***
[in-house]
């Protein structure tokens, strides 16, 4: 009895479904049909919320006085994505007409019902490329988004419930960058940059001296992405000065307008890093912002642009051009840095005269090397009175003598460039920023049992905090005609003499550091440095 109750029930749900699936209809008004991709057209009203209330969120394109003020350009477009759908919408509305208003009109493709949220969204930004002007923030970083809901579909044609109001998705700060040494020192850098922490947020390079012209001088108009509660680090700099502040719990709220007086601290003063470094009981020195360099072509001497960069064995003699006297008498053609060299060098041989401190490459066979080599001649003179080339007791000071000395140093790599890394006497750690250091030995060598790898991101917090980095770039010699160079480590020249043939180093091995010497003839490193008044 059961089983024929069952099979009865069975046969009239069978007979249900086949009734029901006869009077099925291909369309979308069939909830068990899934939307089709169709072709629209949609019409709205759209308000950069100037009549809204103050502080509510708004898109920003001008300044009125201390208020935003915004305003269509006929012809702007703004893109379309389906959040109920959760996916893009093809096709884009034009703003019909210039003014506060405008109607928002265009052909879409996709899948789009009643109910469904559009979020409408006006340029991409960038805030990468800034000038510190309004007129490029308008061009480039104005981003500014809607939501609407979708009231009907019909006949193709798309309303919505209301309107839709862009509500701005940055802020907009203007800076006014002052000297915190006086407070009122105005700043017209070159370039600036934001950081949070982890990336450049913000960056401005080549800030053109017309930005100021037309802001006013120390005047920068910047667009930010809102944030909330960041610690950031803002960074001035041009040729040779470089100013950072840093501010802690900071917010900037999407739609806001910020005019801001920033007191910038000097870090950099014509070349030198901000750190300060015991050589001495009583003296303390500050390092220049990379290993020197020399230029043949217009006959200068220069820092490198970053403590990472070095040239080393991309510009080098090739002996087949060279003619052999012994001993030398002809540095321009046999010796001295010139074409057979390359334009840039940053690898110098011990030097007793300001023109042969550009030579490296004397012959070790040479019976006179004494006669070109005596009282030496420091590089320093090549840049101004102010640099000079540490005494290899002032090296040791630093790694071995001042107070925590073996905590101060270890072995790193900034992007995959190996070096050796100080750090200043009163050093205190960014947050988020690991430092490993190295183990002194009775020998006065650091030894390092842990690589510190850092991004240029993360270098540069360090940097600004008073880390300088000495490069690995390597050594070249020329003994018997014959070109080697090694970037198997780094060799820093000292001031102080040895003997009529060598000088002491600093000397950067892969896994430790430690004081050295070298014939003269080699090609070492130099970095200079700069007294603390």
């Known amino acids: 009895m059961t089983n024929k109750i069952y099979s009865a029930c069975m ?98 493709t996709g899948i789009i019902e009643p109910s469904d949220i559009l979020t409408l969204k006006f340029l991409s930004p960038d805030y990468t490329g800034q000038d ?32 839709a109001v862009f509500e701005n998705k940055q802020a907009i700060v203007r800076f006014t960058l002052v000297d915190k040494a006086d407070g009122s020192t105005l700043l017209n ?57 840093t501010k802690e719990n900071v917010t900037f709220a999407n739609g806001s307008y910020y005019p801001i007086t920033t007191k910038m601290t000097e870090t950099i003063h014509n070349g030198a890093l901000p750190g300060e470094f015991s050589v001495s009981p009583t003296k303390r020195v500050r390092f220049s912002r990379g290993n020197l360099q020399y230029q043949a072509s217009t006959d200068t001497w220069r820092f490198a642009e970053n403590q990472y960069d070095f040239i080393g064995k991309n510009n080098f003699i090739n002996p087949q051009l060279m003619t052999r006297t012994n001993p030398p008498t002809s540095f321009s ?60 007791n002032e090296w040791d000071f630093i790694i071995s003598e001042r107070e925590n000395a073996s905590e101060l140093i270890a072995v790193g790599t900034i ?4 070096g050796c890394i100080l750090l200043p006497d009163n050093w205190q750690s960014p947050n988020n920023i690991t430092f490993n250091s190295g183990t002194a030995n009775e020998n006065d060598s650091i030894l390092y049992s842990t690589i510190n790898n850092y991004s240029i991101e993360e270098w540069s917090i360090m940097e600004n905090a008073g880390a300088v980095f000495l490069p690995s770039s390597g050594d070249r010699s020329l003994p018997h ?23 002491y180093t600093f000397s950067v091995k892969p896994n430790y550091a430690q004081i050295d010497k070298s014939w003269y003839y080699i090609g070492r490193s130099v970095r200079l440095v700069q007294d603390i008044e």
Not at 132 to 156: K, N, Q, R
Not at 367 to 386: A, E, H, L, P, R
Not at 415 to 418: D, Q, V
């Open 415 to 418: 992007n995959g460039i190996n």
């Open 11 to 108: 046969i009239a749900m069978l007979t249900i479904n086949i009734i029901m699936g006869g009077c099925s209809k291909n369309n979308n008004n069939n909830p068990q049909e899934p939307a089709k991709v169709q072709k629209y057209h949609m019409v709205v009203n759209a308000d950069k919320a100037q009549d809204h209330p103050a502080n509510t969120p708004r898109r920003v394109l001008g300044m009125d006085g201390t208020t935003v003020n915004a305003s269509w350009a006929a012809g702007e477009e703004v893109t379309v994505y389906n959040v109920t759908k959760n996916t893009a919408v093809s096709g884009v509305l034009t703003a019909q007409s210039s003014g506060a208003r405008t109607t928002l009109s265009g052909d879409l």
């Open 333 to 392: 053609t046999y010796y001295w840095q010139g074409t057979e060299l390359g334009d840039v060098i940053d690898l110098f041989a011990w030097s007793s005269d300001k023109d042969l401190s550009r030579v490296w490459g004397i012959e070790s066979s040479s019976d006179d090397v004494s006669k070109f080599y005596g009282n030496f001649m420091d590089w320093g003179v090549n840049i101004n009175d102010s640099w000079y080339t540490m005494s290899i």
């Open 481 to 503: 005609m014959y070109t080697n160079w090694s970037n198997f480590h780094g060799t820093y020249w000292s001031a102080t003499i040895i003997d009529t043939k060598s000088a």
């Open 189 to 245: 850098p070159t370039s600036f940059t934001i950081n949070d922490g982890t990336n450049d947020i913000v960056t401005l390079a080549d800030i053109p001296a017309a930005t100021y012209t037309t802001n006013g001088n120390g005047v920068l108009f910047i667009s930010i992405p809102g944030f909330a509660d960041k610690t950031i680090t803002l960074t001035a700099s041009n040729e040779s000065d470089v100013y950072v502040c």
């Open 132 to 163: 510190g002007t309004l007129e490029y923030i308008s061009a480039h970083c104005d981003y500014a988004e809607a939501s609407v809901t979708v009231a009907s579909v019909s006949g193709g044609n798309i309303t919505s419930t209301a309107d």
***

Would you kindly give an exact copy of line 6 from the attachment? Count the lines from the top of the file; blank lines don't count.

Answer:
Not at 415 to 418: D, Q, V